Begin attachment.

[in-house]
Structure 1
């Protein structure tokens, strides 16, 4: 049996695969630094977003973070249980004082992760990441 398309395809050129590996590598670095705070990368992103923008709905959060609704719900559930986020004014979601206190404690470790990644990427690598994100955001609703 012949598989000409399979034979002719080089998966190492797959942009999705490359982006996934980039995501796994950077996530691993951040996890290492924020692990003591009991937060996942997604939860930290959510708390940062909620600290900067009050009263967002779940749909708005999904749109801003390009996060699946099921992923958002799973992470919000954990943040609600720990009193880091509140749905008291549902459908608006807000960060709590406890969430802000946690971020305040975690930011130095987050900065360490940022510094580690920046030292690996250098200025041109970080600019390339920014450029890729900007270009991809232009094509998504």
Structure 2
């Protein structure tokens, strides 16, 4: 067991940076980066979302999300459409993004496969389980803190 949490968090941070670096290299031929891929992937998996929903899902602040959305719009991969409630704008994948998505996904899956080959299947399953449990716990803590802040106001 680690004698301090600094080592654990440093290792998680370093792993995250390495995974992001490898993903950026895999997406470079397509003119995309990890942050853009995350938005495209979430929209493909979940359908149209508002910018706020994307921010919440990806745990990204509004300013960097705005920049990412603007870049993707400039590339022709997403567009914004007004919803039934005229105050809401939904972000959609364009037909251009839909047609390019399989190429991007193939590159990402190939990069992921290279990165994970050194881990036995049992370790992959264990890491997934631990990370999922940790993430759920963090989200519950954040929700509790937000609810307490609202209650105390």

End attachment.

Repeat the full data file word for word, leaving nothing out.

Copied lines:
[in-house]
Structure 1
């Protein structure tokens, strides 16, 4: 049996695969630094977003973070249980004082992760990441 398309395809050129590996590598670095705070990368992103923008709905959060609704719900559930986020004014979601206190404690470790990644990427690598994100955001609703 012949598989000409399979034979002719080089998966190492797959942009999705490359982006996934980039995501796994950077996530691993951040996890290492924020692990003591009991937060996942997604939860930290959510708390940062909620600290900067009050009263967002779940749909708005999904749109801003390009996060699946099921992923958002799973992470919000954990943040609600720990009193880091509140749905008291549902459908608006807000960060709590406890969430802000946690971020305040975690930011130095987050900065360490940022510094580690920046030292690996250098200025041109970080600019390339920014450029890729900007270009991809232009094509998504």
Structure 2
């Protein structure tokens, strides 16, 4: 067991940076980066979302999300459409993004496969389980803190 949490968090941070670096290299031929891929992937998996929903899902602040959305719009991969409630704008994948998505996904899956080959299947399953449990716990803590802040106001 680690004698301090600094080592654990440093290792998680370093792993995250390495995974992001490898993903950026895999997406470079397509003119995309990890942050853009995350938005495209979430929209493909979940359908149209508002910018706020994307921010919440990806745990990204509004300013960097705005920049990412603007870049993707400039590339022709997403567009914004007004919803039934005229105050809401939904972000959609364009037909251009839909047609390019399989190429991007193939590159990402190939990069992921290279990165994970050194881990036995049992370790992959264990890491997934631990990370999922940790993430759920963090989200519950954040929700509790937000609810307490609202209650105390």